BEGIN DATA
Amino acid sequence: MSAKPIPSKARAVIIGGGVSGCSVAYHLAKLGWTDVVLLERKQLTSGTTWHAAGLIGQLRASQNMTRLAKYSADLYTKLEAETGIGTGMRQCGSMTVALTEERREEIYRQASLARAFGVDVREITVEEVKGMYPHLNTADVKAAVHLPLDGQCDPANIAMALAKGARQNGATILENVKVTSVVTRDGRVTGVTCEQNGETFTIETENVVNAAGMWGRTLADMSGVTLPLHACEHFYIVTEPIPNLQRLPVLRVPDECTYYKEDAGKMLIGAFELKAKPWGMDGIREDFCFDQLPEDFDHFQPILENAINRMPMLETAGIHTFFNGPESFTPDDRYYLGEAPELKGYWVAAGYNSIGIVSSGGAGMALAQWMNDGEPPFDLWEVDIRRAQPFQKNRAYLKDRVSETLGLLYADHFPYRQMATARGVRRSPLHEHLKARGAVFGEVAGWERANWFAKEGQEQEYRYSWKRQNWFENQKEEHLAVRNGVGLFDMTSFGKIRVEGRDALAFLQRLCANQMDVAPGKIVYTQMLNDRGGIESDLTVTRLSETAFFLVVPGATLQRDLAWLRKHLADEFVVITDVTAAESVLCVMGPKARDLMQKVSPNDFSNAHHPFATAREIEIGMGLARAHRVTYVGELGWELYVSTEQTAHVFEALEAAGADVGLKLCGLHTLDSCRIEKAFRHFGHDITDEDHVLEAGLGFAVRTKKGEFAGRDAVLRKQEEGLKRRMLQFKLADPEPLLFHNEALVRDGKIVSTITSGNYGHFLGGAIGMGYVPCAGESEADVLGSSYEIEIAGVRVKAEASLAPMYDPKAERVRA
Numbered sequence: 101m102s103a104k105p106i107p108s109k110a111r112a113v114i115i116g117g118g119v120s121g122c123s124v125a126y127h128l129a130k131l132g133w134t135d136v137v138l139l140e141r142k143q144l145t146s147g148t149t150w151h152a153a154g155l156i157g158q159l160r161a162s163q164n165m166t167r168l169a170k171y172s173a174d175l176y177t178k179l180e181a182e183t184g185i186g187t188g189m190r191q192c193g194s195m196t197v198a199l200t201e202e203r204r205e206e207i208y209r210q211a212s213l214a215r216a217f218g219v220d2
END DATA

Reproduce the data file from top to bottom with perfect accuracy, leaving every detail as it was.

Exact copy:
Amino acid sequence: MSAKPIPSKARAVIIGGGVSGCSVAYHLAKLGWTDVVLLERKQLTSGTTWHAAGLIGQLRASQNMTRLAKYSADLYTKLEAETGIGTGMRQCGSMTVALTEERREEIYRQASLARAFGVDVREITVEEVKGMYPHLNTADVKAAVHLPLDGQCDPANIAMALAKGARQNGATILENVKVTSVVTRDGRVTGVTCEQNGETFTIETENVVNAAGMWGRTLADMSGVTLPLHACEHFYIVTEPIPNLQRLPVLRVPDECTYYKEDAGKMLIGAFELKAKPWGMDGIREDFCFDQLPEDFDHFQPILENAINRMPMLETAGIHTFFNGPESFTPDDRYYLGEAPELKGYWVAAGYNSIGIVSSGGAGMALAQWMNDGEPPFDLWEVDIRRAQPFQKNRAYLKDRVSETLGLLYADHFPYRQMATARGVRRSPLHEHLKARGAVFGEVAGWERANWFAKEGQEQEYRYSWKRQNWFENQKEEHLAVRNGVGLFDMTSFGKIRVEGRDALAFLQRLCANQMDVAPGKIVYTQMLNDRGGIESDLTVTRLSETAFFLVVPGATLQRDLAWLRKHLADEFVVITDVTAAESVLCVMGPKARDLMQKVSPNDFSNAHHPFATAREIEIGMGLARAHRVTYVGELGWELYVSTEQTAHVFEALEAAGADVGLKLCGLHTLDSCRIEKAFRHFGHDITDEDHVLEAGLGFAVRTKKGEFAGRDAVLRKQEEGLKRRMLQFKLADPEPLLFHNEALVRDGKIVSTITSGNYGHFLGGAIGMGYVPCAGESEADVLGSSYEIEIAGVRVKAEASLAPMYDPKAERVRA
Numbered sequence: 101m102s103a104k105p106i107p108s109k110a111r112a113v114i115i116g117g118g119v120s121g122c123s124v125a126y127h128l129a130k131l132g133w134t135d136v137v138l139l140e141r142k143q144l145t146s147g148t149t150w151h152a153a154g155l156i157g158q159l160r161a162s163q164n165m166t167r168l169a170k171y172s173a174d175l176y177t178k179l180e181a182e183t184g185i186g187t188g189m190r191q192c193g194s195m196t197v198a199l200t201e202e203r204r205e206e207i208y209r210q211a212s213l214a215r216a217f218g219v220d2